Support arm 27 has a tubular configuration with an open distal end having a circular cross section. This open end of arm 27 receives cylindrical projections 36 on the couplers 34. Each coupler 34 is held in place on the end of support arm 27 by a pin 37 adapted to pass through opposed slot openings 38 near the end of arm 27 and through a hole 39 provided in the projection 36 on the coupler. If desired, one or more pins 37 may be attached to the support arm by means of flexible chains.
Pin 37 prevents a coupler 34 from being accidentally withdrawn from the support arm 27. The slot openings 38, however, in the arm 27 permit limited rotational movement of the coupler 34 about axis of the arm (see FIGS. 4 and 5).
This relative movement between the coupler 34 and the support arm 27 permits the hitch 35 mounted on a coupler 34 to be tilted about an axis which is coincident with the longitudinal axis of the support arm and disposed at a 90 degree angle to the axis of rotation of arm 27 about fastener 28. Note the different rotational positions of hitch 35 in FIGS. 2 and 3. This additional degree of movement, or adjustment of position, of the hitch 35 insures that the hitch can be properly positioned against the frame of the vehicle to which it is to be attached. Such additional degree of adjustment is useful if the floor on which the hoist 11 is resting is uneven or if the hitch must be maneuvered around metal shield or protrusion associated with the vehicle undercarriage.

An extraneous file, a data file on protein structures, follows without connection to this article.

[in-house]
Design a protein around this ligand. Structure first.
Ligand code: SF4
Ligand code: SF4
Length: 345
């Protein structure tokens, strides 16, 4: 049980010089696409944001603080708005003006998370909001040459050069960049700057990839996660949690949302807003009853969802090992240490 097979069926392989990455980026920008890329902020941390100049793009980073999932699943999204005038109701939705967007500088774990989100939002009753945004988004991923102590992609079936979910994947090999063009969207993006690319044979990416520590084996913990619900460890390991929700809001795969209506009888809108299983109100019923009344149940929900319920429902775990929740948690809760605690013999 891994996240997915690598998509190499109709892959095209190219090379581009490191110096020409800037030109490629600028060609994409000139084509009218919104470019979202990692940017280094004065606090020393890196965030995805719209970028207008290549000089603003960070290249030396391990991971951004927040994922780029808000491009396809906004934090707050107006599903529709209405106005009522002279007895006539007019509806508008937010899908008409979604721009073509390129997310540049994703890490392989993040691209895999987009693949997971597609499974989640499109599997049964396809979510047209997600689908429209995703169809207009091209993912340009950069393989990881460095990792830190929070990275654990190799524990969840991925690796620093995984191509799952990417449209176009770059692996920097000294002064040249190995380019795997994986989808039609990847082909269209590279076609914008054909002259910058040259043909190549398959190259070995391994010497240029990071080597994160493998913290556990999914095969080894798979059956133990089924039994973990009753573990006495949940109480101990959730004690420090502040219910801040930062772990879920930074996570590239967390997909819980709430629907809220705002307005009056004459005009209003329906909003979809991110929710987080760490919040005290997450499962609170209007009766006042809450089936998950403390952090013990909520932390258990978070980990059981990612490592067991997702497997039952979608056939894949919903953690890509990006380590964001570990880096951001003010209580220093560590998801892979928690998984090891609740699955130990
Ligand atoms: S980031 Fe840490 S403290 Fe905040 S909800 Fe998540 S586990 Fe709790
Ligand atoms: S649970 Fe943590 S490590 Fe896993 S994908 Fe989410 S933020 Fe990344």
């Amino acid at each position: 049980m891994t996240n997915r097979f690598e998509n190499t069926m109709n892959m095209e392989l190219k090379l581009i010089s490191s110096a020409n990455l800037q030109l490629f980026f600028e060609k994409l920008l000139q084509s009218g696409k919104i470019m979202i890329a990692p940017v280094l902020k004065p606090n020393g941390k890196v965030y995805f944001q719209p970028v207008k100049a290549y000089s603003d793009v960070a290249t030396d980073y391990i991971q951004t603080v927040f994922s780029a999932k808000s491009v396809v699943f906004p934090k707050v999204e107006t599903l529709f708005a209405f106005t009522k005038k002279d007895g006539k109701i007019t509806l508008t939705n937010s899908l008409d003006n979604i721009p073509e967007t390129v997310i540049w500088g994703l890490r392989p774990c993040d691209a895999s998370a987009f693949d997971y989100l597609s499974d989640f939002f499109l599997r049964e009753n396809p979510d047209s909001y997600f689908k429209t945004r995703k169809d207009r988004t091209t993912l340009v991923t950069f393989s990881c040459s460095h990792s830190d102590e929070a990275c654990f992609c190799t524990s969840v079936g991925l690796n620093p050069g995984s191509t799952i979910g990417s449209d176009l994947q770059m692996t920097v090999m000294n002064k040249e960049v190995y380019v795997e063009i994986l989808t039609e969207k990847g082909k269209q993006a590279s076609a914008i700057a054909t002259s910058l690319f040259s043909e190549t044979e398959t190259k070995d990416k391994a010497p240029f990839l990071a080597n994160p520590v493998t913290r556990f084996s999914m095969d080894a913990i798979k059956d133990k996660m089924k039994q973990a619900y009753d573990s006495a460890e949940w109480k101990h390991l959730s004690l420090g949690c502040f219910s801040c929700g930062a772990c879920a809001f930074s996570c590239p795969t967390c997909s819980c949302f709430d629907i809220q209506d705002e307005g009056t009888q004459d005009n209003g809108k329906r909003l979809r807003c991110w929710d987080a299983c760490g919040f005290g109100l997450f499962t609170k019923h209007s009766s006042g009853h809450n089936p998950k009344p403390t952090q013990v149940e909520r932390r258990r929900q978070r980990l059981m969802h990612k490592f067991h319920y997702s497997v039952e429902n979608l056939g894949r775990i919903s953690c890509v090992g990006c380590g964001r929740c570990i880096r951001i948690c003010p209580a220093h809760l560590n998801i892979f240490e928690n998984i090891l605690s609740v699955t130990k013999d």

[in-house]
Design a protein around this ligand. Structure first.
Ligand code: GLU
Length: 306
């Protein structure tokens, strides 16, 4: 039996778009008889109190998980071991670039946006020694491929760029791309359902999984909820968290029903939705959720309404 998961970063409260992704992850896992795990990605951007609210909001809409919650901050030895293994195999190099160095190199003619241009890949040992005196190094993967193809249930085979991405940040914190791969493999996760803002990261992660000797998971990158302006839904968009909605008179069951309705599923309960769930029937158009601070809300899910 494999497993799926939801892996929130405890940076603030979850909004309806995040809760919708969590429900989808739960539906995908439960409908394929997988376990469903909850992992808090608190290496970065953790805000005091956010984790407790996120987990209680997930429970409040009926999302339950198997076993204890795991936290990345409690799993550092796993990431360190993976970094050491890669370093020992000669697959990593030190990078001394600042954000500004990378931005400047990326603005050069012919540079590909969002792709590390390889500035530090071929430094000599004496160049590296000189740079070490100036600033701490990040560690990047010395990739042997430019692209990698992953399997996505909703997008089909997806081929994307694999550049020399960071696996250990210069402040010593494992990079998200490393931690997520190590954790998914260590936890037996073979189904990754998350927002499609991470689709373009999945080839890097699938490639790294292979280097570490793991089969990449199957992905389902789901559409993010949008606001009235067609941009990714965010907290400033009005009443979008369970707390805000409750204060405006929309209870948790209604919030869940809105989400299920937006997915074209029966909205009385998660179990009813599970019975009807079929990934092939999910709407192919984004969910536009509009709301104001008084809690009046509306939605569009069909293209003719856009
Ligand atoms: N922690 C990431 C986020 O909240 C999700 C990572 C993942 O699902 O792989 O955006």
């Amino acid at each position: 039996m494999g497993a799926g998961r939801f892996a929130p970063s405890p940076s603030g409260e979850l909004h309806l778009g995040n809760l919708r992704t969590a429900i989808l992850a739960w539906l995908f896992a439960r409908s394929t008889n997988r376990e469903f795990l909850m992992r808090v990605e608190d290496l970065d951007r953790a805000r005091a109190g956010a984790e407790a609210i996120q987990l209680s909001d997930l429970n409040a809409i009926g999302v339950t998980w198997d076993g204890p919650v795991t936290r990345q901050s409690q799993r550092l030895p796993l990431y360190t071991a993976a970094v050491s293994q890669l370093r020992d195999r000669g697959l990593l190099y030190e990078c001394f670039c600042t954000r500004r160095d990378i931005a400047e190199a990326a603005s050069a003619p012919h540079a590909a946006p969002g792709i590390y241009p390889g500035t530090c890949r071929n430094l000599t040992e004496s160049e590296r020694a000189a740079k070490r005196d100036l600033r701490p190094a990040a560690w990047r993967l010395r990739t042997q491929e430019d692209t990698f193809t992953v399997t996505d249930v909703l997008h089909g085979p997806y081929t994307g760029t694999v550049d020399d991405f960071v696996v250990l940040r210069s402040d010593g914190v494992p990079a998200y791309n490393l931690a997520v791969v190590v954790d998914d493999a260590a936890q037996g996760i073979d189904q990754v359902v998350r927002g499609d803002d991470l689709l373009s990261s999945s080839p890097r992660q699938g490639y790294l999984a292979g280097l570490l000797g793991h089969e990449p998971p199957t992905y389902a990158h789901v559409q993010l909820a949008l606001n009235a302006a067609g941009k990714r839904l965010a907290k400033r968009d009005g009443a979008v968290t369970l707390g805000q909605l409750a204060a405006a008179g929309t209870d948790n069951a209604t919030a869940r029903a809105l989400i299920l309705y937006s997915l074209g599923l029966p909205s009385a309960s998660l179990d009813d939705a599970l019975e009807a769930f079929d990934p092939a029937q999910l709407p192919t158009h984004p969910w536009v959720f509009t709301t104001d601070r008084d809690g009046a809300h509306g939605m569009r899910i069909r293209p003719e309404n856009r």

Tilting the hitch 35 about the axis of the support arm 27 is a balanced motion not requiring any lifting or lowering of the heavy hitch 35. Hence, the hitch can be tilted by hand without the mechanical advantage required for gross height adjustment of the sleeve 21 and that required for angular adjustment of support arm 27.
If desired, the hoist 11 may be provided with a hand grip 40 extended rearwardly from sleeve 21 for guiding rollable movement of the hoist.
From the foregoing it should be apparent that this invention provides a hoist which enables one person to lift a trailer hitch into position beneath the undercarriage of a motor vehicle and to hold the hitch in that position while mounting holes are marked or drilled and while fasteners are installed. The versatility and adjustability of the hoist permits its use for a variety of types and styles of hitches and a variety of motor vehicles.